AB 300, as amended, Alejo. Safe Water and Wildlife Protection Act of 2015.
Existing law establishes the State Coastal Conservancy
begin delete,end delete and prescribes the membership begin delete,end delete and functions and duties of the conservancy with respect to preservation of coastal resources in the state.
This bill would enact the Safe Water and Wildlife Protection Act of 2015, which would require the conservancy to establish and coordinate the Algal Bloom Task Force, in consultation with the Secretary of the Natural Resources Agency, and would prescribe the composition and functions and duties of the task force. The bill would require the task force to review the risks and negative impacts of toxic blooms and microcystin pollution and to submit a summary of its findings and recommendations to the secretary by January 1, 2017. The act would authorize the conservancy, the Department of Fish and Wildlife, the Wildlife Conservation Board, and the State Water Resources Control Board to enter into contracts and provide grants from specified bond funds available under the Water Quality, Supply, and Infrastructure Improvement Act of 2014 for applied research, projects, and programs, recommended by the task force, aimed at preventing or sustainably mitigating toxic blooms of cyanotoxins and microcystin pollution in the waters of the state.
Vote: majority. Appropriation: no. Fiscal committee: yes. State-mandated local program: no.
The people of the State of California do enact as follows:
The Legislature finds and declares all of the
3(a) Toxic blooms of cyanobacteria in the waters of the state,
4including, but not limited to, coastal lakes, estuaries, rivers and
5streams, wetlands, and inland lakes and reservoirs, represent a
6threat to human health, endangered wildlife, and
8(b) Cyanobacteria are widespread bacteria that are capable of
9forming toxic blooms and super-blooms in the waters of the state.
10(c) Degradation of watersheds, nutrient
loading, increased water
11diversions, and climate change have been linked to the global
12expansion of cyanobacterial blooms, with high toxin production
13noted regularly in lakes, rivers, and other waters of the state.
14(d) The state’s waters are especially prone to toxic
15cyanobacterial blooms due to our warm climate, numerous water
16diversions, and stressed waterways.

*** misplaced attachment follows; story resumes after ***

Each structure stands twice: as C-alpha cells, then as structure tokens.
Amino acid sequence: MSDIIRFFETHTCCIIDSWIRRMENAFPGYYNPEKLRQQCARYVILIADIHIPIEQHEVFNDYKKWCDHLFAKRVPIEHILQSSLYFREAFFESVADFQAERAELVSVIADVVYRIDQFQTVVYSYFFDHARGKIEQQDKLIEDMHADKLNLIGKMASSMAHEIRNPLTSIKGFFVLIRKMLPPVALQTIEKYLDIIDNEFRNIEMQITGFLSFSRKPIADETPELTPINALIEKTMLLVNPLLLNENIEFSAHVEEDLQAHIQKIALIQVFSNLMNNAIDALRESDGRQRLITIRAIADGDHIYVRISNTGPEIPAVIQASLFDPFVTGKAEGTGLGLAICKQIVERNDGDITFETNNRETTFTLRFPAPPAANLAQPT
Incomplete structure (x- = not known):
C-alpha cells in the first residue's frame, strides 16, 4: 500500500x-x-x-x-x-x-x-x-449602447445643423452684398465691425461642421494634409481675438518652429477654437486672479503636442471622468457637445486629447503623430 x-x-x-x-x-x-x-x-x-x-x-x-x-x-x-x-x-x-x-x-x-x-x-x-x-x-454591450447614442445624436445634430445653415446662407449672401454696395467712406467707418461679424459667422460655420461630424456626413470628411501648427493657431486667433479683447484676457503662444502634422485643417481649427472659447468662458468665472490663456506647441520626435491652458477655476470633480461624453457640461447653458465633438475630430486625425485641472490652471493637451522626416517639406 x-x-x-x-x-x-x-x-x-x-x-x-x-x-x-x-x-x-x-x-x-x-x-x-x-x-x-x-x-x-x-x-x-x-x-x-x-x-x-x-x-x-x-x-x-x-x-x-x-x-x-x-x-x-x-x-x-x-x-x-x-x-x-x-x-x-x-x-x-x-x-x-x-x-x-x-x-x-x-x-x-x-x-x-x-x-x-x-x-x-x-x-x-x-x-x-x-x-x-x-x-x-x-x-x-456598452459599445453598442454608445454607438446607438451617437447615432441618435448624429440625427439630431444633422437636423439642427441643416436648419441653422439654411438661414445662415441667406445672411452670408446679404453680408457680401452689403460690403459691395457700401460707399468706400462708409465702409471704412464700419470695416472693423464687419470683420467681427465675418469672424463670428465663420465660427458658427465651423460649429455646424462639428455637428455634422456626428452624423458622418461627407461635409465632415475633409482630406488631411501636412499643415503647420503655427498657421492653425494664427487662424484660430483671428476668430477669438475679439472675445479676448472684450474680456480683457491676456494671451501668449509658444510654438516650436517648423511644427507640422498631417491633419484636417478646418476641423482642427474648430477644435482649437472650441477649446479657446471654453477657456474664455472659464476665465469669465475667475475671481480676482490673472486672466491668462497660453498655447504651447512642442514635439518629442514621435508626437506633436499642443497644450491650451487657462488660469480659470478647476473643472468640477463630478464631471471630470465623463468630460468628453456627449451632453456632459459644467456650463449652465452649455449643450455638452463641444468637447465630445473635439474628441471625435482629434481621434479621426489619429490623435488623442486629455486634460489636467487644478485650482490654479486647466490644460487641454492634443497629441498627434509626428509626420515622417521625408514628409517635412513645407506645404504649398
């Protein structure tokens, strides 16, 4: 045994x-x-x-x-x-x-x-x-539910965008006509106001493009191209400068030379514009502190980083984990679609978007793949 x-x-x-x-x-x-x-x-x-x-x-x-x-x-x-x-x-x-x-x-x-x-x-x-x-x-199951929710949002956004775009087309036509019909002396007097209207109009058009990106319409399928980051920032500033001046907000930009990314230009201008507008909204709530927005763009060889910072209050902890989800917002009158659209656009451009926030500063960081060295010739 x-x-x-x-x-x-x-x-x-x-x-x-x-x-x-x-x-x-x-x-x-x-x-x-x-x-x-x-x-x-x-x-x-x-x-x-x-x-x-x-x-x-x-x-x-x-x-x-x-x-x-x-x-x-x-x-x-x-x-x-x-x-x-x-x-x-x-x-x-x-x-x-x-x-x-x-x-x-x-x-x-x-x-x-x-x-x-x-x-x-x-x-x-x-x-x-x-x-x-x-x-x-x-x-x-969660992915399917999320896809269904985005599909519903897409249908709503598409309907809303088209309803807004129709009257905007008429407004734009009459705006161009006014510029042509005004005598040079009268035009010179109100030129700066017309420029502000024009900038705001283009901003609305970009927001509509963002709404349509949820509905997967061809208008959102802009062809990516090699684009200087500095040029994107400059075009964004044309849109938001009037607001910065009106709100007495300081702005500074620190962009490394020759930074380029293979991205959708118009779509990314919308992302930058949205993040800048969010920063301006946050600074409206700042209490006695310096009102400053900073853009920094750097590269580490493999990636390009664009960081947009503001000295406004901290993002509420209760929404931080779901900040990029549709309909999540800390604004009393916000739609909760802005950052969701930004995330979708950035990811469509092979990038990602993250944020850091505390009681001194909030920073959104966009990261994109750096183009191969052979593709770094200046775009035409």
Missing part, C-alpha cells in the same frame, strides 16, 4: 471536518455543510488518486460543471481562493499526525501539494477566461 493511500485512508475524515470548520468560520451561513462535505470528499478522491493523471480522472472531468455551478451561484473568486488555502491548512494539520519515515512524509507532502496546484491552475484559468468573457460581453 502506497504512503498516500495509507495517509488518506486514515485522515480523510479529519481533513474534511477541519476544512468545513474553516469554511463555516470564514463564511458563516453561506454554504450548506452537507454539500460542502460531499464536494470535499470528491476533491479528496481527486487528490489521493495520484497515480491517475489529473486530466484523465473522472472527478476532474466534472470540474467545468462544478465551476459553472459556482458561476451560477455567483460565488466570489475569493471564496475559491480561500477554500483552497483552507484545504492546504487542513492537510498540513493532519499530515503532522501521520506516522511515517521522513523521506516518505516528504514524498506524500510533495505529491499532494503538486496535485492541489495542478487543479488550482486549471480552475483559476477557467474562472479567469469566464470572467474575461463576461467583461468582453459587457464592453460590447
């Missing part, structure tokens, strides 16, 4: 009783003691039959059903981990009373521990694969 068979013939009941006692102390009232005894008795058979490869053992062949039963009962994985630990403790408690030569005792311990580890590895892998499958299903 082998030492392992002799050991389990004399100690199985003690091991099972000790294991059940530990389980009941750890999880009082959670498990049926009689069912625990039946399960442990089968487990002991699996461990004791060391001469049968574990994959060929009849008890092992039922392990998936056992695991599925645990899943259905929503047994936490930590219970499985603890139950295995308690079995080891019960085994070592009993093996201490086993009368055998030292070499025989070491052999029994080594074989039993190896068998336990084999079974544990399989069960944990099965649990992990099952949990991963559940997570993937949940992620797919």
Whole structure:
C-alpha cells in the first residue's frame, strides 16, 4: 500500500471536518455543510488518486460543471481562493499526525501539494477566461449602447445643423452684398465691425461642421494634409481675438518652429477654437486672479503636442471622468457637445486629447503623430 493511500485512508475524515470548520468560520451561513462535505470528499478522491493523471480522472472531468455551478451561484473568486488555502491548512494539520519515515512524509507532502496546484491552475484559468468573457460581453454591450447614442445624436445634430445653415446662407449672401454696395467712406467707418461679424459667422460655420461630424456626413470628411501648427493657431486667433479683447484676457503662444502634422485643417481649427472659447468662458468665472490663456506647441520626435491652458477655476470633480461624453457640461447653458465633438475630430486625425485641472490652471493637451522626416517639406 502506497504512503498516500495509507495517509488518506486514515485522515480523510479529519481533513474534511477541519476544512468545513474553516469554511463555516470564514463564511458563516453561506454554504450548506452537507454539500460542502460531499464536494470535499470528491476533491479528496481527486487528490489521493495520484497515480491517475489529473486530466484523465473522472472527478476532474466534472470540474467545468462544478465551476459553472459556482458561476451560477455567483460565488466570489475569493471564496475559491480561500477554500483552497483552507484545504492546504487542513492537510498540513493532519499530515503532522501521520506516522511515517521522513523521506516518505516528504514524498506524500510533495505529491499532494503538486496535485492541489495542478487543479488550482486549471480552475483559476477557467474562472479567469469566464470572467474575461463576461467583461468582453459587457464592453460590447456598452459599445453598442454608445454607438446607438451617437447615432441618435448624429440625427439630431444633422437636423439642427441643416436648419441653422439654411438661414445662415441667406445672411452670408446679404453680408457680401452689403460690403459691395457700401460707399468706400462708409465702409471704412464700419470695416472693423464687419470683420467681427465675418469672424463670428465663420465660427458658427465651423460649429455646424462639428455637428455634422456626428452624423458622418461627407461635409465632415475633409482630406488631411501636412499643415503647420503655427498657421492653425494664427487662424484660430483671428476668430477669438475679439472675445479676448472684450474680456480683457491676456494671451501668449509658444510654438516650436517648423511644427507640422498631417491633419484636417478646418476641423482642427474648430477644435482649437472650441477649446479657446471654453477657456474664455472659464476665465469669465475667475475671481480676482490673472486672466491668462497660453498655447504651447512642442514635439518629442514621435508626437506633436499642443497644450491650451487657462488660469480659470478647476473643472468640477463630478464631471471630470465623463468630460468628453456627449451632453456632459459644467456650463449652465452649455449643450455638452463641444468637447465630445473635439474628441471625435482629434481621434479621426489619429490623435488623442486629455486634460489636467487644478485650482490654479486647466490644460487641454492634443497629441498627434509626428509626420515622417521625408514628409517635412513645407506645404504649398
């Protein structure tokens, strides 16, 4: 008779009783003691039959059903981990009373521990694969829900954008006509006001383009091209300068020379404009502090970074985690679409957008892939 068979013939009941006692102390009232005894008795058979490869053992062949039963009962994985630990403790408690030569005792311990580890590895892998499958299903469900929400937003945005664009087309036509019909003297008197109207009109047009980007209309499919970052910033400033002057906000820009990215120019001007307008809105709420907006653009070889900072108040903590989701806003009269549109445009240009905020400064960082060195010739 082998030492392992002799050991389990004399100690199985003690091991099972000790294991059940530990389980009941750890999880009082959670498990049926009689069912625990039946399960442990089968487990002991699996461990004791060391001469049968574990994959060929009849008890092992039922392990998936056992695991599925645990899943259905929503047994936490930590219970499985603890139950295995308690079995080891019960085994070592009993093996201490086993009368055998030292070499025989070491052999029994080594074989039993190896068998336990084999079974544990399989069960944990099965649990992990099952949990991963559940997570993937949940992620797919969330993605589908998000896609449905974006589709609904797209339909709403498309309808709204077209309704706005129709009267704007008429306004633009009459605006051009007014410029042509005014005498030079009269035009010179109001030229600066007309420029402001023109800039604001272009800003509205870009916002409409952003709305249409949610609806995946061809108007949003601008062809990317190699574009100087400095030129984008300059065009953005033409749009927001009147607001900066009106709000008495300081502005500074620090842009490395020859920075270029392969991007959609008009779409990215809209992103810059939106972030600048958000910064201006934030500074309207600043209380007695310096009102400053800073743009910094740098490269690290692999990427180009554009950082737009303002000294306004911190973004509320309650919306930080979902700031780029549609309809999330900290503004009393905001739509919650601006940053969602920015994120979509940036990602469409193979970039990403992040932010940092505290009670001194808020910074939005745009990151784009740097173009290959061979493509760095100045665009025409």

17(e) Cyanobacteria produce
begin delete toxic microcystins and other toxins. are also present in
18Due to their high toxicity, microcystins are a regulated
19pollutantunder federal law. Other cyanobacterial toxins, such as
24California’s waters, but, at present, little is known about
begin delete these
begin deleteMicrocystin and other cyanotoxins end deleteare
27poisonous to humans, pets, livestock, birds, and other wildlife via
28ingestion, inhalation, or skin exposure. A single dose of microcystin
29can cause prolonged toxicity by cycling repeatedly between the
30liver and intestines.
P3 1(g) Blooms of microcystins and other toxic cyanobacteria are
2occurring in waters throughout California, and are threatening our
3water supply and health. Areas with recurrent and worsening
begin delete microcystinend delete pollution include the Klamath and
5Sacramento Rivers, the Sacramento and San Joaquin Rivers (from
6the Sacramento Delta to San Francisco Bay), and Clear Lake. Pinto
7Lake, Copco Lake, Iron Gate Reservoir, and three segments of the
8Klamath River have been listed as impaired due to cyanobacteria.
9Bird deaths attributed to microcystins have also been reported from
10the Salton Sea.
11(h) The Pinto Lake watershed is being evaluated for total
12maximum daily load (TMDL) regulation for microcystin,
begin delete and is and
13recognized as a state and national cyanobacteria “hotspot,”end delete
14was considered for remediation as an Environmental Protection
15Agency “superfund” site.
16(i) California’s southern sea otters, a state and federally listed
17threatened species, have died from microcystin poisoning. The
18source of sea otter exposure appears to be
19microcystin-contaminated freshwater runoff
begin delete or mussels, or both, .
20or clams or crabs that concentrate microcystin after being exposedto
21contaminated freshwater runoffend delete
23(j) Sea otters and humans eat some of the same marine foods
24that can concentrate microcystin in body tissues; hence, food safety